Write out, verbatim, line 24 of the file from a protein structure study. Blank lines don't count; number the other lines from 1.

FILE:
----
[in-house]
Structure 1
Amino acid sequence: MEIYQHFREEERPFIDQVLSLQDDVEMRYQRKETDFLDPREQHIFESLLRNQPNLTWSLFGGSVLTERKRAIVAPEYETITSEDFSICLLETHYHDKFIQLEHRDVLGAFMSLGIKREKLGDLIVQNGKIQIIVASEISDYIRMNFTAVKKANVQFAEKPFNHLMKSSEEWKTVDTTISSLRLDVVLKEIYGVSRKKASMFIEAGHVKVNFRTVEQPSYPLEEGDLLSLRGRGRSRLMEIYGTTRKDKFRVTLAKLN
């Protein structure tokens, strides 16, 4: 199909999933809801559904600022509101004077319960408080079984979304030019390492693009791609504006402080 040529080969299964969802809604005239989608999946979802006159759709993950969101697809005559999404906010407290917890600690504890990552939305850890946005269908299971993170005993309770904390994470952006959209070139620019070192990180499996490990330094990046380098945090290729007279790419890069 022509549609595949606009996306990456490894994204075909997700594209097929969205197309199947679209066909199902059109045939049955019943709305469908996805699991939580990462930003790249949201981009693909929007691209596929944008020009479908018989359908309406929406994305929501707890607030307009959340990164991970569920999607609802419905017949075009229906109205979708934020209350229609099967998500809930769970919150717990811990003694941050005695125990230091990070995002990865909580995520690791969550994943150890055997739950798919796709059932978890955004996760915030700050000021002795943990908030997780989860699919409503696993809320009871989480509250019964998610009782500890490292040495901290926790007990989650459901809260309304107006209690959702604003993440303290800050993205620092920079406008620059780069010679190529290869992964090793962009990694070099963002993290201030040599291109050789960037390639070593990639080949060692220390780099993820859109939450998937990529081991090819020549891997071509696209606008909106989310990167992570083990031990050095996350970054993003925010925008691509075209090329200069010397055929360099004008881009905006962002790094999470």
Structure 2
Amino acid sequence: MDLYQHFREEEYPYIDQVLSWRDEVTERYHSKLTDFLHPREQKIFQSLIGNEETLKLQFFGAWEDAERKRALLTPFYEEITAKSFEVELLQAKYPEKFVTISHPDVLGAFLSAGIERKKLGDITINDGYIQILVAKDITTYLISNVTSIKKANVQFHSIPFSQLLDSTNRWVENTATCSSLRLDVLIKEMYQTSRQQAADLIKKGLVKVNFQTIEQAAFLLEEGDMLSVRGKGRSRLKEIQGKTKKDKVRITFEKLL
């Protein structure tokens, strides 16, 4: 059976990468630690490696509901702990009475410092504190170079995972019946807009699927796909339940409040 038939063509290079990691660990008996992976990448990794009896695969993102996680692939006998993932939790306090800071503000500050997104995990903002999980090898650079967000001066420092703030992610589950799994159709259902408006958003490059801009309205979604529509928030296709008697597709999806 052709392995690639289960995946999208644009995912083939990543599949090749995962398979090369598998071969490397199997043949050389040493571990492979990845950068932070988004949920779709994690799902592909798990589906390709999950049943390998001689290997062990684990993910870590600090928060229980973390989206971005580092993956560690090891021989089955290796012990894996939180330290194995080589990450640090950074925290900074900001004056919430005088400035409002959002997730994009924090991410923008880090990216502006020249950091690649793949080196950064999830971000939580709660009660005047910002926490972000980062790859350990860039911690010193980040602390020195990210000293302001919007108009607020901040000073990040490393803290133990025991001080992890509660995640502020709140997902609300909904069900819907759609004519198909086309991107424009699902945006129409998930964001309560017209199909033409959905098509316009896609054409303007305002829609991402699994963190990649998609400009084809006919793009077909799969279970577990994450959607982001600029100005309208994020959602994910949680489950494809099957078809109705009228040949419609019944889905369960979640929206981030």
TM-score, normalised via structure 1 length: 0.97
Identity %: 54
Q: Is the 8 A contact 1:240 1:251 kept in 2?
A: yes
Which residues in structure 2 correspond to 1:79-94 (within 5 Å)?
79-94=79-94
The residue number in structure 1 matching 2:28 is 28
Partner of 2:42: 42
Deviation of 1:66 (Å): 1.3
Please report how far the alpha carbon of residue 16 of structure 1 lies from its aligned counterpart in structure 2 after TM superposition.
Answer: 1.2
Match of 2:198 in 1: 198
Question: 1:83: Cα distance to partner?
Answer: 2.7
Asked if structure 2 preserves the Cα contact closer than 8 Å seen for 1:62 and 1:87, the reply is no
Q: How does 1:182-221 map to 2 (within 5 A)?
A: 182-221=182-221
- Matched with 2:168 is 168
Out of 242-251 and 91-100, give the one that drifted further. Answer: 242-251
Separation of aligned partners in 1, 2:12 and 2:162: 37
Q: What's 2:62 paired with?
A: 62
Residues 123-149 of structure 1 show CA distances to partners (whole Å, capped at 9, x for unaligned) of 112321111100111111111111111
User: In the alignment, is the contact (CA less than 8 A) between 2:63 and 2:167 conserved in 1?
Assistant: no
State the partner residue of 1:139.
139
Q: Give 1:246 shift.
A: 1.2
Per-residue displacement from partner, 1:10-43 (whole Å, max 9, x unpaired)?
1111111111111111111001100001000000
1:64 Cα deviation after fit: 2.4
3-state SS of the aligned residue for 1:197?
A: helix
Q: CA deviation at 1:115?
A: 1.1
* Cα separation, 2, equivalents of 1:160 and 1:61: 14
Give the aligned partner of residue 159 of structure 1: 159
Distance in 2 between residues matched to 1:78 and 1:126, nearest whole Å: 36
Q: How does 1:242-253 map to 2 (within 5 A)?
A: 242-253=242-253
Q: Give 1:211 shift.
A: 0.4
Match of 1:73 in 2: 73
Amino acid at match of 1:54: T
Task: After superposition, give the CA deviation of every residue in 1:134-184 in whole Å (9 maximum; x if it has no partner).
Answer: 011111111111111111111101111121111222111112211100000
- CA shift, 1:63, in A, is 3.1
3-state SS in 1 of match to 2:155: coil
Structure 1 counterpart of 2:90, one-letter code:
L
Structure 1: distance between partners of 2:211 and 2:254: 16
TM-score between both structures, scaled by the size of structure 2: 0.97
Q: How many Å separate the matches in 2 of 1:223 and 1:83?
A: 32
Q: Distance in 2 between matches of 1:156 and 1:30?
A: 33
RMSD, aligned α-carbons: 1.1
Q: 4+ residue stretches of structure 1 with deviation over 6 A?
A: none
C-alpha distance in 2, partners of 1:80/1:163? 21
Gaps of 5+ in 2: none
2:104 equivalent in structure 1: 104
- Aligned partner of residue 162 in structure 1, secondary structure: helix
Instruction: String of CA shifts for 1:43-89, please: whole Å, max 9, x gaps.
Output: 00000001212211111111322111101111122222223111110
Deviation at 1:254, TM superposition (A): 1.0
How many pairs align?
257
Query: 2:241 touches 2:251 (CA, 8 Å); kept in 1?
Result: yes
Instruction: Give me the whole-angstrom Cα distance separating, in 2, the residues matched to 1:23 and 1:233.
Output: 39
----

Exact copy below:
A: 182-221=182-221